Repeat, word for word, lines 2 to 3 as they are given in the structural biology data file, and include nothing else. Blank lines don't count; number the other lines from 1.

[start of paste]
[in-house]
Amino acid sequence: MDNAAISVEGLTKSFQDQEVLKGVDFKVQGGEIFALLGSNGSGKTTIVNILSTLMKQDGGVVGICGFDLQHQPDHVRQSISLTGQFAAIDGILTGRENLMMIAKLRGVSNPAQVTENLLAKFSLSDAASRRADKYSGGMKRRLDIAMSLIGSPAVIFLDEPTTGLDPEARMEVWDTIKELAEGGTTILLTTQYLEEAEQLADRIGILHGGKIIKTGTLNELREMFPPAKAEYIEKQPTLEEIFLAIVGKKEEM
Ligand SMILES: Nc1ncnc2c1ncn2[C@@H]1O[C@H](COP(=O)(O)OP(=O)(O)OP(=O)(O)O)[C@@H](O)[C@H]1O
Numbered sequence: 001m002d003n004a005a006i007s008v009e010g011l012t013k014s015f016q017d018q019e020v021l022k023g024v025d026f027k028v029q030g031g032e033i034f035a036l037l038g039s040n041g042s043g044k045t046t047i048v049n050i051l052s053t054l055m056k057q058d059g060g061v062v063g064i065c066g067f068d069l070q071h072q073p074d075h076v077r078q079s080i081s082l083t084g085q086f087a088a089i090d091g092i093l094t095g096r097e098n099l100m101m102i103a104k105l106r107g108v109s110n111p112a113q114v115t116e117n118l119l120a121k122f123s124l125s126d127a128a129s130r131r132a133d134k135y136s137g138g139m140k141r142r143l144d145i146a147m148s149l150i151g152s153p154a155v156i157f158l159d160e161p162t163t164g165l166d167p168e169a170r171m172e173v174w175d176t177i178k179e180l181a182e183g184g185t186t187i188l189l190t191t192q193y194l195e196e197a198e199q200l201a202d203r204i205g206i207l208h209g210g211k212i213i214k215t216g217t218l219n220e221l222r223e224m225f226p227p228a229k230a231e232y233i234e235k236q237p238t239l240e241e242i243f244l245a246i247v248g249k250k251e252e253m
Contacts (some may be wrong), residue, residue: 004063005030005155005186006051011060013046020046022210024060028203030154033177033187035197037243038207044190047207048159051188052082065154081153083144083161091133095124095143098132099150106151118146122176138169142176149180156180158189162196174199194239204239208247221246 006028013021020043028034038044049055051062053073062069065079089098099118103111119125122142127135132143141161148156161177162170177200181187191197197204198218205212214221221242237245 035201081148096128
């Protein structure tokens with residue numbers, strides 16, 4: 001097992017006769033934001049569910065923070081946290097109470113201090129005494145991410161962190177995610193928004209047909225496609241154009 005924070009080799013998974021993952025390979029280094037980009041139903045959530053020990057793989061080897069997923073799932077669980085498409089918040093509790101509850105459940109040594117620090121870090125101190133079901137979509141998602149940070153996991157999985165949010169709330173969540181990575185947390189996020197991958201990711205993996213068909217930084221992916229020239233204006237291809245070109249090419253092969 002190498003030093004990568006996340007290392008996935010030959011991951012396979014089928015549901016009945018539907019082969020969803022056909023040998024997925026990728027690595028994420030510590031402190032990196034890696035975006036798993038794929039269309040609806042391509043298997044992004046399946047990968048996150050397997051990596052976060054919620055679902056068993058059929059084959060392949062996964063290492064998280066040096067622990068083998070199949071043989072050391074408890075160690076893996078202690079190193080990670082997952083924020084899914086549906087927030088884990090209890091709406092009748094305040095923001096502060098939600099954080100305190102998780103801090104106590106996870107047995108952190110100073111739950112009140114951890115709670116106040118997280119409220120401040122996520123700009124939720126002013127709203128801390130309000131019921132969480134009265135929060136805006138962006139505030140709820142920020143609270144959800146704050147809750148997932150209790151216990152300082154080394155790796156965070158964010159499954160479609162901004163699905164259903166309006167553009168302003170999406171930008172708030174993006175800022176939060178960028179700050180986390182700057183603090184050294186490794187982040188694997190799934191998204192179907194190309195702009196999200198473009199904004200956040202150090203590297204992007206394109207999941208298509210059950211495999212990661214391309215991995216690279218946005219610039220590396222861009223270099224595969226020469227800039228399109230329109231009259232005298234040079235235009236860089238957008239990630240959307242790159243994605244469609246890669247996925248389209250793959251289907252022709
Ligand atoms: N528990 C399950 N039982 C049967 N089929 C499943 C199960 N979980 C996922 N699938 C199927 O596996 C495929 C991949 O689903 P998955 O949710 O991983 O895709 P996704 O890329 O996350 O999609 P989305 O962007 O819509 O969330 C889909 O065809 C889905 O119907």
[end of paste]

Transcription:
Amino acid sequence: MDNAAISVEGLTKSFQDQEVLKGVDFKVQGGEIFALLGSNGSGKTTIVNILSTLMKQDGGVVGICGFDLQHQPDHVRQSISLTGQFAAIDGILTGRENLMMIAKLRGVSNPAQVTENLLAKFSLSDAASRRADKYSGGMKRRLDIAMSLIGSPAVIFLDEPTTGLDPEARMEVWDTIKELAEGGTTILLTTQYLEEAEQLADRIGILHGGKIIKTGTLNELREMFPPAKAEYIEKQPTLEEIFLAIVGKKEEM
Ligand SMILES: Nc1ncnc2c1ncn2[C@@H]1O[C@H](COP(=O)(O)OP(=O)(O)OP(=O)(O)O)[C@@H](O)[C@H]1O